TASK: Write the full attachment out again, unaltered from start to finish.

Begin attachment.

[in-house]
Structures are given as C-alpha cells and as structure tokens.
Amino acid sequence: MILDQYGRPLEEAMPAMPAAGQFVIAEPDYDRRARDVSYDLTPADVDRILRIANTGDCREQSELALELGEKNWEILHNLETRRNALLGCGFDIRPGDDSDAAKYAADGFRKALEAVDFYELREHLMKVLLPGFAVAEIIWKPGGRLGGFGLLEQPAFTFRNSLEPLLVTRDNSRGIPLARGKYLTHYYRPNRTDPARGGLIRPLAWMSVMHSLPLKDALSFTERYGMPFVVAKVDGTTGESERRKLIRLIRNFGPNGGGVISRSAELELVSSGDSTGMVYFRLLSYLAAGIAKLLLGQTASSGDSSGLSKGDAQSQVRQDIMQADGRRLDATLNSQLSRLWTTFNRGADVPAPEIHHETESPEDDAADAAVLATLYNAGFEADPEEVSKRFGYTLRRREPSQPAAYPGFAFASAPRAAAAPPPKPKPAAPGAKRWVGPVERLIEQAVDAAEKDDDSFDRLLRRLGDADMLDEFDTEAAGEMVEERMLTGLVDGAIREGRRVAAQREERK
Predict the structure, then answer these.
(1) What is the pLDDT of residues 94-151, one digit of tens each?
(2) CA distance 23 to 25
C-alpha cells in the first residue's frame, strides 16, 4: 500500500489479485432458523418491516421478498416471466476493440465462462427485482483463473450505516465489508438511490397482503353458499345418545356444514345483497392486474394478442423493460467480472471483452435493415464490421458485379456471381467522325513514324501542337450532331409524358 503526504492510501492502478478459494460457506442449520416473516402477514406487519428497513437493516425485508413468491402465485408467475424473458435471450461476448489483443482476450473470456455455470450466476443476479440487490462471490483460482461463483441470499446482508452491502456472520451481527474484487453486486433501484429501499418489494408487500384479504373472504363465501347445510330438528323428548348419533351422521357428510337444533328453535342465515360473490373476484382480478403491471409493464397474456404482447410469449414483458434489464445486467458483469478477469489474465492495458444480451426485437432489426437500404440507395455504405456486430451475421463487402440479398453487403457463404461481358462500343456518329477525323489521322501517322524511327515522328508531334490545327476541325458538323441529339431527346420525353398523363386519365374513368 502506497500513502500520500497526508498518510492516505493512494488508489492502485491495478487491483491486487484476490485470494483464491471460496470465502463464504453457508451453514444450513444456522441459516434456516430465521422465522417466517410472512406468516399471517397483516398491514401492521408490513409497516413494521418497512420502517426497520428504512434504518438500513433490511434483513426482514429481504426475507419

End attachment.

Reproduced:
[in-house]
Structures are given as C-alpha cells and as structure tokens.
Amino acid sequence: MILDQYGRPLEEAMPAMPAAGQFVIAEPDYDRRARDVSYDLTPADVDRILRIANTGDCREQSELALELGEKNWEILHNLETRRNALLGCGFDIRPGDDSDAAKYAADGFRKALEAVDFYELREHLMKVLLPGFAVAEIIWKPGGRLGGFGLLEQPAFTFRNSLEPLLVTRDNSRGIPLARGKYLTHYYRPNRTDPARGGLIRPLAWMSVMHSLPLKDALSFTERYGMPFVVAKVDGTTGESERRKLIRLIRNFGPNGGGVISRSAELELVSSGDSTGMVYFRLLSYLAAGIAKLLLGQTASSGDSSGLSKGDAQSQVRQDIMQADGRRLDATLNSQLSRLWTTFNRGADVPAPEIHHETESPEDDAADAAVLATLYNAGFEADPEEVSKRFGYTLRRREPSQPAAYPGFAFASAPRAAAAPPPKPKPAAPGAKRWVGPVERLIEQAVDAAEKDDDSFDRLLRRLGDADMLDEFDTEAAGEMVEERMLTGLVDGAIREGRRVAAQREERK
Predict the structure, then answer these.
(1) What is the pLDDT of residues 94-151, one digit of tens each?
(2) CA distance 23 to 25
C-alpha cells in the first residue's frame, strides 16, 4: 500500500489479485432458523418491516421478498416471466476493440465462462427485482483463473450505516465489508438511490397482503353458499345418545356444514345483497392486474394478442423493460467480472471483452435493415464490421458485379456471381467522325513514324501542337450532331409524358 503526504492510501492502478478459494460457506442449520416473516402477514406487519428497513437493516425485508413468491402465485408467475424473458435471450461476448489483443482476450473470456455455470450466476443476479440487490462471490483460482461463483441470499446482508452491502456472520451481527474484487453486486433501484429501499418489494408487500384479504373472504363465501347445510330438528323428548348419533351422521357428510337444533328453535342465515360473490373476484382480478403491471409493464397474456404482447410469449414483458434489464445486467458483469478477469489474465492495458444480451426485437432489426437500404440507395455504405456486430451475421463487402440479398453487403457463404461481358462500343456518329477525323489521322501517322524511327515522328508531334490545327476541325458538323441529339431527346420525353398523363386519365374513368 502506497500513502500520500497526508498518510492516505493512494488508489492502485491495478487491483491486487484476490485470494483464491471460496470465502463464504453457508451453514444450513444456522441459516434456516430465521422465522417466517410472512406468516399471517397483516398491514401492521408490513409497516413494521418497512420502517426497520428504512434504518438500513433490511434483513426482514429481504426475507419